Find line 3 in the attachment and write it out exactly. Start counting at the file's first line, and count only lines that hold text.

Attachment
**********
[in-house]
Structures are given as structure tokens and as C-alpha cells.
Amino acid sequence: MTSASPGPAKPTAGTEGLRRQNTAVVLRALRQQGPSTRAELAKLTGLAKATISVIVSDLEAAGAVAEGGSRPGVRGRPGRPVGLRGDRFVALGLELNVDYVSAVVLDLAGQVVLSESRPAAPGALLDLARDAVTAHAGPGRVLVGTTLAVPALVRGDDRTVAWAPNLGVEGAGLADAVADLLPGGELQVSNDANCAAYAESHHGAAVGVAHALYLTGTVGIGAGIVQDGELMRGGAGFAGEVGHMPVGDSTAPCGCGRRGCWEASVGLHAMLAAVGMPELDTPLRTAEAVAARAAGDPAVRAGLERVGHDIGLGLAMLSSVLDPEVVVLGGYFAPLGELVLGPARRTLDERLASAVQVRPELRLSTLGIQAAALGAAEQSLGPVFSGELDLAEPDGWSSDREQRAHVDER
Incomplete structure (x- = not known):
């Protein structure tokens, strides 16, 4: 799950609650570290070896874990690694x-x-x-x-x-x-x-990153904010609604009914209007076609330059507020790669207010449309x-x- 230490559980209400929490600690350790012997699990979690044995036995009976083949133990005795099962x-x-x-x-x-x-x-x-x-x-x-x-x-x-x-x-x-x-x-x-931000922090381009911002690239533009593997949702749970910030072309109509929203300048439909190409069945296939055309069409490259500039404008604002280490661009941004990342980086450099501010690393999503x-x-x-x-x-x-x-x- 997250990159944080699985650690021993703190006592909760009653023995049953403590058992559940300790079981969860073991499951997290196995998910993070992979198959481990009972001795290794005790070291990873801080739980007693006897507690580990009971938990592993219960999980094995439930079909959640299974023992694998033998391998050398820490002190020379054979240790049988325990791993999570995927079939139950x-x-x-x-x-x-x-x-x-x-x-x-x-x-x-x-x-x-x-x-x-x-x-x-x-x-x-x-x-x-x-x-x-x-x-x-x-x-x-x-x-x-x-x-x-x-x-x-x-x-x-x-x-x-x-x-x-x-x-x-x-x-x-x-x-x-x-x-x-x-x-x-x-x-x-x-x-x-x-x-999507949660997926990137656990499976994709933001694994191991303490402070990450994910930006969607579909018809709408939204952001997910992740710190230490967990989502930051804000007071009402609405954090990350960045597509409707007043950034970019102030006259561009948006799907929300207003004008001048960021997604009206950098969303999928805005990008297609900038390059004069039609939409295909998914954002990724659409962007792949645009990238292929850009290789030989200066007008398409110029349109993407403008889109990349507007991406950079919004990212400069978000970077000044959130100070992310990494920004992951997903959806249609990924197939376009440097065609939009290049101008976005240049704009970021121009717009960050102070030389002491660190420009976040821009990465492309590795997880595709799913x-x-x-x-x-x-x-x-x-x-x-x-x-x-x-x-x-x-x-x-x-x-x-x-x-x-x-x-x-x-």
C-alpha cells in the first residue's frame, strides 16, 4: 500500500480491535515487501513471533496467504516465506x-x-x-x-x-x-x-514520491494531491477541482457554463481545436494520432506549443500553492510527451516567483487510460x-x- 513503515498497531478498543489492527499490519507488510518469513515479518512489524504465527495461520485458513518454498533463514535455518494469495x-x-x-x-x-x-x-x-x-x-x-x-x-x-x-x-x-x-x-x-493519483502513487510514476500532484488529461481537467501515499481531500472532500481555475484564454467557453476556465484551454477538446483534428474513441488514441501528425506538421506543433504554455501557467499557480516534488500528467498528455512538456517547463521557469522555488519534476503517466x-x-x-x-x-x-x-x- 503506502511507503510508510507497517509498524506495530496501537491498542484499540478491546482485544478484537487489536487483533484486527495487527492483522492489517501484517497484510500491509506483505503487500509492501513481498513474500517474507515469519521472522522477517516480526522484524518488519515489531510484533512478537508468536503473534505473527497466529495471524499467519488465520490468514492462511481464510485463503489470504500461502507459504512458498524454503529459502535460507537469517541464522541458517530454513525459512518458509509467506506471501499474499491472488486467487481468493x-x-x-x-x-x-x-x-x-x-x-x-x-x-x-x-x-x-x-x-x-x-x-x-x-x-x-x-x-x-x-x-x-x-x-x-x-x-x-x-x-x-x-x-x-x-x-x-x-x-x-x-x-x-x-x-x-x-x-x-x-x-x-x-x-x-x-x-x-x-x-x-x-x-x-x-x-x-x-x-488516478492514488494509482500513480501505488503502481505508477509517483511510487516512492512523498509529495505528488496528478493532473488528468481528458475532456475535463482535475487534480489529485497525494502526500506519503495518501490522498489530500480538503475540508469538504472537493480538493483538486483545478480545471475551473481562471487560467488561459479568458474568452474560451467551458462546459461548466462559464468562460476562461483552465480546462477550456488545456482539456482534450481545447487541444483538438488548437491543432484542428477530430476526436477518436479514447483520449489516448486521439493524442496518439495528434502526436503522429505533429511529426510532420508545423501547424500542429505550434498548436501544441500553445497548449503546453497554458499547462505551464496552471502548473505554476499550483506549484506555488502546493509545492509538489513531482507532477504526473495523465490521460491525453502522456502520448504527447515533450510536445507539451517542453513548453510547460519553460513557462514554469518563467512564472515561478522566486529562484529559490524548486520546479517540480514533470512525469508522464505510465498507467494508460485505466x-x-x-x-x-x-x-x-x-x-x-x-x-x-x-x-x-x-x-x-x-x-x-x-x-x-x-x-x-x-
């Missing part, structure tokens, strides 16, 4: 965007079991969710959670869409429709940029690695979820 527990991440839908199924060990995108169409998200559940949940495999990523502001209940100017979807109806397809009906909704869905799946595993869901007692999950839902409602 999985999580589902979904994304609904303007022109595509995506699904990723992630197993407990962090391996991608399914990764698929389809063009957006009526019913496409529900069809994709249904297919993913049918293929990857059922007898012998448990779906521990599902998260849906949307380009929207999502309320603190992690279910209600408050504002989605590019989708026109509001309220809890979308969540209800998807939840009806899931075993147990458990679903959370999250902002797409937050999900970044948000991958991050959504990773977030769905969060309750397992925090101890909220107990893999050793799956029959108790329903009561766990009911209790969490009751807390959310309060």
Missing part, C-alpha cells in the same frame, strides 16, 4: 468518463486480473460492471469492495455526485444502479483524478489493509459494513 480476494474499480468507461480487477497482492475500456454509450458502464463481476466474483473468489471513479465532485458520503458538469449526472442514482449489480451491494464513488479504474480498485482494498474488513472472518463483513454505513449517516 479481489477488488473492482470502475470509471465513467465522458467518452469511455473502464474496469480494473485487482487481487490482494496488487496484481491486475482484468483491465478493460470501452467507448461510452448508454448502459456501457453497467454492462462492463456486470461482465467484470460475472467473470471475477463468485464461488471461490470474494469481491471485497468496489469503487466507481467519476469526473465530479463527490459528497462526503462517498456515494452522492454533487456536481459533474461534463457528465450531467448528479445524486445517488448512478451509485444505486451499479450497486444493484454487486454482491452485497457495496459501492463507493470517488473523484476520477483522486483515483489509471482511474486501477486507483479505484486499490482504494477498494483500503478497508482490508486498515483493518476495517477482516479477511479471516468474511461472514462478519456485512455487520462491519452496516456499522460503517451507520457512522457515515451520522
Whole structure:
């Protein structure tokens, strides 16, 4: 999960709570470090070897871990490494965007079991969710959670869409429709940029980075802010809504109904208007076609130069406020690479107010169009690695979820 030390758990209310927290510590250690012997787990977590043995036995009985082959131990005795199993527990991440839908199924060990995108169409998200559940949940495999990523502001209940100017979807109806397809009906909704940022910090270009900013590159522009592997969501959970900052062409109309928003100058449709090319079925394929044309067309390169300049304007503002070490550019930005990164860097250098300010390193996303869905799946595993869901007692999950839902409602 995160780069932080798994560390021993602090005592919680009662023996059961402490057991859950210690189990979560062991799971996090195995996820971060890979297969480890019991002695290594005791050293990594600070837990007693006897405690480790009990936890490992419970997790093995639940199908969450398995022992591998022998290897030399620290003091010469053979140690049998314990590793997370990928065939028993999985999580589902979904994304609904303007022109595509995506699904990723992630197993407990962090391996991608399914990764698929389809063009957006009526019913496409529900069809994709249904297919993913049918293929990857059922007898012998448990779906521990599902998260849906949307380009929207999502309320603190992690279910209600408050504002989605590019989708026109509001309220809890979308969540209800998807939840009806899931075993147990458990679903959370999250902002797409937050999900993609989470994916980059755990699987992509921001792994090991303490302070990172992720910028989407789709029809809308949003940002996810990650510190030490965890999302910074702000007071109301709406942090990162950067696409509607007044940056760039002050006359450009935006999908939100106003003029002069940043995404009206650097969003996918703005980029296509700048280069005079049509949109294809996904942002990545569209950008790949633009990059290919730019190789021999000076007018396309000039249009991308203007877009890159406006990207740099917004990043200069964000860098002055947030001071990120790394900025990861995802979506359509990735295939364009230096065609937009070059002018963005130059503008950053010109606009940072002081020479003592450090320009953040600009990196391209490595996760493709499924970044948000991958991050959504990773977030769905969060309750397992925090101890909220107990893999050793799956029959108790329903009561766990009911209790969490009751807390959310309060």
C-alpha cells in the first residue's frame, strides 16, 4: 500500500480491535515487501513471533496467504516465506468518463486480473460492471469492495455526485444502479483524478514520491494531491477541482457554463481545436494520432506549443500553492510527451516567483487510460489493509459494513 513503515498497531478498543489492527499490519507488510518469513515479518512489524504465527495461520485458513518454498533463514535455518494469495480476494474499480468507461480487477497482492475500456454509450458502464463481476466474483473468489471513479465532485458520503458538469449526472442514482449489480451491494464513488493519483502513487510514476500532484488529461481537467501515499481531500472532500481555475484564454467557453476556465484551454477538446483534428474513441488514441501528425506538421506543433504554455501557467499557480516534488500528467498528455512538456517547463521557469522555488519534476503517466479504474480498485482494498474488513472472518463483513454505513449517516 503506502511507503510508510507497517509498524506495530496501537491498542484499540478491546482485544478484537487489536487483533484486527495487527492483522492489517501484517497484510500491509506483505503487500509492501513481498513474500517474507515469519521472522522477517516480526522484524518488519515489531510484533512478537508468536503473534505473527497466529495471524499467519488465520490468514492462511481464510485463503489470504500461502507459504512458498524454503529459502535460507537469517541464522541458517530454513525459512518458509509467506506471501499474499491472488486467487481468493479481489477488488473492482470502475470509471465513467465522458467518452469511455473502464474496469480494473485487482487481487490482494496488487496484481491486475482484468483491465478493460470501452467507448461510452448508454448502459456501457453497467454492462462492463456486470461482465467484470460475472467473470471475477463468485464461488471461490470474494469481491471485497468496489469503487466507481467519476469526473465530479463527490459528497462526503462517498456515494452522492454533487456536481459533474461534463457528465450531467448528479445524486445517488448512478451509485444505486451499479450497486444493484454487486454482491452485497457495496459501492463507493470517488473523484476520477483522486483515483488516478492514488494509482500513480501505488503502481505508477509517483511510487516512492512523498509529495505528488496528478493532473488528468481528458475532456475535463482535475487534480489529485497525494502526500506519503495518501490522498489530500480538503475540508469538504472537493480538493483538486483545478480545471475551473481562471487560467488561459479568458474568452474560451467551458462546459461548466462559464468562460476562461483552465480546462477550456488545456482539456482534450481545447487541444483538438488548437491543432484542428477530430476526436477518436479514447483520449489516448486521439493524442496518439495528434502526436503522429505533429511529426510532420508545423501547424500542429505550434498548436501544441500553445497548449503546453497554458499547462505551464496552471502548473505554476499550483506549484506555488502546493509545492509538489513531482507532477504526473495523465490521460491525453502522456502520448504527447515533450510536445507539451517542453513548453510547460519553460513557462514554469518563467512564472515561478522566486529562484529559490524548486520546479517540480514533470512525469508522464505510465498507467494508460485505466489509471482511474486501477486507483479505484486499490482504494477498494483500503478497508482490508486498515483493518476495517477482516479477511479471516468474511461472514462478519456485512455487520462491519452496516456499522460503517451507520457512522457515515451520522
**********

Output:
Amino acid sequence: MTSASPGPAKPTAGTEGLRRQNTAVVLRALRQQGPSTRAELAKLTGLAKATISVIVSDLEAAGAVAEGGSRPGVRGRPGRPVGLRGDRFVALGLELNVDYVSAVVLDLAGQVVLSESRPAAPGALLDLARDAVTAHAGPGRVLVGTTLAVPALVRGDDRTVAWAPNLGVEGAGLADAVADLLPGGELQVSNDANCAAYAESHHGAAVGVAHALYLTGTVGIGAGIVQDGELMRGGAGFAGEVGHMPVGDSTAPCGCGRRGCWEASVGLHAMLAAVGMPELDTPLRTAEAVAARAAGDPAVRAGLERVGHDIGLGLAMLSSVLDPEVVVLGGYFAPLGELVLGPARRTLDERLASAVQVRPELRLSTLGIQAAALGAAEQSLGPVFSGELDLAEPDGWSSDREQRAHVDER